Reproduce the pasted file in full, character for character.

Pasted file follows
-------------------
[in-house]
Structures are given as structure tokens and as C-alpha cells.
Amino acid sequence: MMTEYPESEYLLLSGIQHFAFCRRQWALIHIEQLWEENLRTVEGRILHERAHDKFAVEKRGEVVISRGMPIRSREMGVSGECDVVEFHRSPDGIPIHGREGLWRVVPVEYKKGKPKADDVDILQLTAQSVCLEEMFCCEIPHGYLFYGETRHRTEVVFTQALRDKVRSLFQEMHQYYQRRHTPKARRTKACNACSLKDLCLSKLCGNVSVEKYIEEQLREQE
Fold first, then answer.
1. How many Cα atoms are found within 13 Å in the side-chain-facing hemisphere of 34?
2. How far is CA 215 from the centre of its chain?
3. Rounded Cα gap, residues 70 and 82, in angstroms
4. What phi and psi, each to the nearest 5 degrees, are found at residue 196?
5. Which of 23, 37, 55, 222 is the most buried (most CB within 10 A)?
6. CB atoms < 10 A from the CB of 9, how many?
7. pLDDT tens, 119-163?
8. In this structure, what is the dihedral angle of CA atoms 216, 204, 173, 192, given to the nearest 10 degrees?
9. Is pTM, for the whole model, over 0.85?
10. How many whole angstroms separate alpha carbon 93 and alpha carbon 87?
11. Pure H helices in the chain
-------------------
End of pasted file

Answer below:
[in-house]
Structures are given as structure tokens and as C-alpha cells.
Amino acid sequence: MMTEYPESEYLLLSGIQHFAFCRRQWALIHIEQLWEENLRTVEGRILHERAHDKFAVEKRGEVVISRGMPIRSREMGVSGECDVVEFHRSPDGIPIHGREGLWRVVPVEYKKGKPKADDVDILQLTAQSVCLEEMFCCEIPHGYLFYGETRHRTEVVFTQALRDKVRSLFQEMHQYYQRRHTPKARRTKACNACSLKDLCLSKLCGNVSVEKYIEEQLREQE
Fold first, then answer.
1. How many Cα atoms are found within 13 Å in the side-chain-facing hemisphere of 34?
2. How far is CA 215 from the centre of its chain?
3. Rounded Cα gap, residues 70 and 82, in angstroms
4. What phi and psi, each to the nearest 5 degrees, are found at residue 196?
5. Which of 23, 37, 55, 222 is the most buried (most CB within 10 A)?
6. CB atoms < 10 A from the CB of 9, how many?
7. pLDDT tens, 119-163?
8. In this structure, what is the dihedral angle of CA atoms 216, 204, 173, 192, given to the nearest 10 degrees?
9. Is pTM, for the whole model, over 0.85?
10. How many whole angstroms separate alpha carbon 93 and alpha carbon 87?
11. Pure H helices in the chain